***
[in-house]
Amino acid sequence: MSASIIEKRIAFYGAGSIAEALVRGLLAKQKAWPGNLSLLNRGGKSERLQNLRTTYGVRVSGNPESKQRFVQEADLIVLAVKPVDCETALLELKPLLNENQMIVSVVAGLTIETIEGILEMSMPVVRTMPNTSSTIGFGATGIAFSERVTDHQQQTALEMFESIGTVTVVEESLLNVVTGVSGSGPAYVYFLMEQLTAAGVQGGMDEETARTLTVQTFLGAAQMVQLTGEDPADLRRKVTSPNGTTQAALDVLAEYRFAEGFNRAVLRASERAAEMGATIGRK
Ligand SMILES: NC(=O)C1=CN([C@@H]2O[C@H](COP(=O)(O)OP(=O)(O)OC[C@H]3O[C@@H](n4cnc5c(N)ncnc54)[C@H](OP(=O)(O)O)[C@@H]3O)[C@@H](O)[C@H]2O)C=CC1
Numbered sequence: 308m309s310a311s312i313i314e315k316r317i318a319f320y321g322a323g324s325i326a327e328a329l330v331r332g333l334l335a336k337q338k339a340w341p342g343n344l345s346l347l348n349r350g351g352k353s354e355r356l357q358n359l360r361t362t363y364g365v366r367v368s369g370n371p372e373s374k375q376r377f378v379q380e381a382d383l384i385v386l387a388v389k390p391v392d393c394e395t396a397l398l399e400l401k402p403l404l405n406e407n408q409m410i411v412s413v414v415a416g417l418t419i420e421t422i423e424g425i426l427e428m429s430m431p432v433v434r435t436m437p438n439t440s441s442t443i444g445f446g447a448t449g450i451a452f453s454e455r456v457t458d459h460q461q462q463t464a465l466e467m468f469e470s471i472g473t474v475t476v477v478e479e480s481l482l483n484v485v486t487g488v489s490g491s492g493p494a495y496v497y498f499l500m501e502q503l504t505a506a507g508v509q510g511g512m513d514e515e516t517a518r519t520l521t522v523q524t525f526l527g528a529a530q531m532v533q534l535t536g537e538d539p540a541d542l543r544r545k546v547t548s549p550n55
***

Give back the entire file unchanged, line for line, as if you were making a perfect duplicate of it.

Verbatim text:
[in-house]
Amino acid sequence: MSASIIEKRIAFYGAGSIAEALVRGLLAKQKAWPGNLSLLNRGGKSERLQNLRTTYGVRVSGNPESKQRFVQEADLIVLAVKPVDCETALLELKPLLNENQMIVSVVAGLTIETIEGILEMSMPVVRTMPNTSSTIGFGATGIAFSERVTDHQQQTALEMFESIGTVTVVEESLLNVVTGVSGSGPAYVYFLMEQLTAAGVQGGMDEETARTLTVQTFLGAAQMVQLTGEDPADLRRKVTSPNGTTQAALDVLAEYRFAEGFNRAVLRASERAAEMGATIGRK
Ligand SMILES: NC(=O)C1=CN([C@@H]2O[C@H](COP(=O)(O)OP(=O)(O)OC[C@H]3O[C@@H](n4cnc5c(N)ncnc54)[C@H](OP(=O)(O)O)[C@@H]3O)[C@@H](O)[C@H]2O)C=CC1
Numbered sequence: 308m309s310a311s312i313i314e315k316r317i318a319f320y321g322a323g324s325i326a327e328a329l330v331r332g333l334l335a336k337q338k339a340w341p342g343n344l345s346l347l348n349r350g351g352k353s354e355r356l357q358n359l360r361t362t363y364g365v366r367v368s369g370n371p372e373s374k375q376r377f378v379q380e381a382d383l384i385v386l387a388v389k390p391v392d393c394e395t396a397l398l399e400l401k402p403l404l405n406e407n408q409m410i411v412s413v414v415a416g417l418t419i420e421t422i423e424g425i426l427e428m429s430m431p432v433v434r435t436m437p438n439t440s441s442t443i444g445f446g447a448t449g450i451a452f453s454e455r456v457t458d459h460q461q462q463t464a465l466e467m468f469e470s471i472g473t474v475t476v477v478e479e480s481l482l483n484v485v486t487g488v489s490g491s492g493p494a495y496v497y498f499l500m501e502q503l504t505a506a507g508v509q510g511g512m513d514e515e516t517a518r519t520l521t522v523q524t525f526l527g528a529a530q531m532v533q534l535t536g537e538d539p540a541d542l543r544r545k546v547t548s549p550n55